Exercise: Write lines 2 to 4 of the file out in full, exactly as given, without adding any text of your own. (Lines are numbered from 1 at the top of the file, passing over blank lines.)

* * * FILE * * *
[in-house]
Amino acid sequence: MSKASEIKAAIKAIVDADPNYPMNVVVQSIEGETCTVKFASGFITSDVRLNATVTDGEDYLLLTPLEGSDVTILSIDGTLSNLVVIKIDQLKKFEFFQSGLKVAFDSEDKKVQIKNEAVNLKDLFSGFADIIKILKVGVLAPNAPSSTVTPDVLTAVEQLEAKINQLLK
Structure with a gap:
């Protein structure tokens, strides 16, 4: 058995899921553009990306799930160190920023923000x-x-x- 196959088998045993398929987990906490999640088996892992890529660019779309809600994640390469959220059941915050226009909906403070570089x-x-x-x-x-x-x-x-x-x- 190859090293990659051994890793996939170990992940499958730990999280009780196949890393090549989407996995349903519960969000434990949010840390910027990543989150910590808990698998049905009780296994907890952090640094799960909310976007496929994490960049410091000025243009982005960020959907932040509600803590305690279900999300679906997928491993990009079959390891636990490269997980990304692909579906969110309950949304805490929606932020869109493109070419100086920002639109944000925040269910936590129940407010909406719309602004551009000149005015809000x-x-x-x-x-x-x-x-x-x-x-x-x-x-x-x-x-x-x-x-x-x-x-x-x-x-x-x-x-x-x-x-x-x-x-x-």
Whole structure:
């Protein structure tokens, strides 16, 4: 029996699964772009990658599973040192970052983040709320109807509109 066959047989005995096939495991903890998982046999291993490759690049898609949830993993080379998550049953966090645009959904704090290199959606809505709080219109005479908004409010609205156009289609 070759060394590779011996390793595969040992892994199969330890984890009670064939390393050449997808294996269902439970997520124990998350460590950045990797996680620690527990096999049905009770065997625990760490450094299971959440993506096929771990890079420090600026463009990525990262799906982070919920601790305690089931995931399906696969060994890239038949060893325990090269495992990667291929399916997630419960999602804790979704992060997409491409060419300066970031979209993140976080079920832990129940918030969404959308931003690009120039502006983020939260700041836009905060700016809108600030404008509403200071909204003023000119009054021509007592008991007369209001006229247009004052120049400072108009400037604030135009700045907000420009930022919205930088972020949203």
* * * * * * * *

Amino acid sequence: MSKASEIKAAIKAIVDADPNYPMNVVVQSIEGETCTVKFASGFITSDVRLNATVTDGEDYLLLTPLEGSDVTILSIDGTLSNLVVIKIDQLKKFEFFQSGLKVAFDSEDKKVQIKNEAVNLKDLFSGFADIIKILKVGVLAPNAPSSTVTPDVLTAVEQLEAKINQLLK
Structure with a gap:
């Protein structure tokens, strides 16, 4: 058995899921553009990306799930160190920023923000x-x-x- 196959088998045993398929987990906490999640088996892992890529660019779309809600994640390469959220059941915050226009909906403070570089x-x-x-x-x-x-x-x-x-x- 190859090293990659051994890793996939170990992940499958730990999280009780196949890393090549989407996995349903519960969000434990949010840390910027990543989150910590808990698998049905009780296994907890952090640094799960909310976007496929994490960049410091000025243009982005960020959907932040509600803590305690279900999300679906997928491993990009079959390891636990490269997980990304692909579906969110309950949304805490929606932020869109493109070419100086920002639109944000925040269910936590129940407010909406719309602004551009000149005015809000x-x-x-x-x-x-x-x-x-x-x-x-x-x-x-x-x-x-x-x-x-x-x-x-x-x-x-x-x-x-x-x-x-x-x-x-």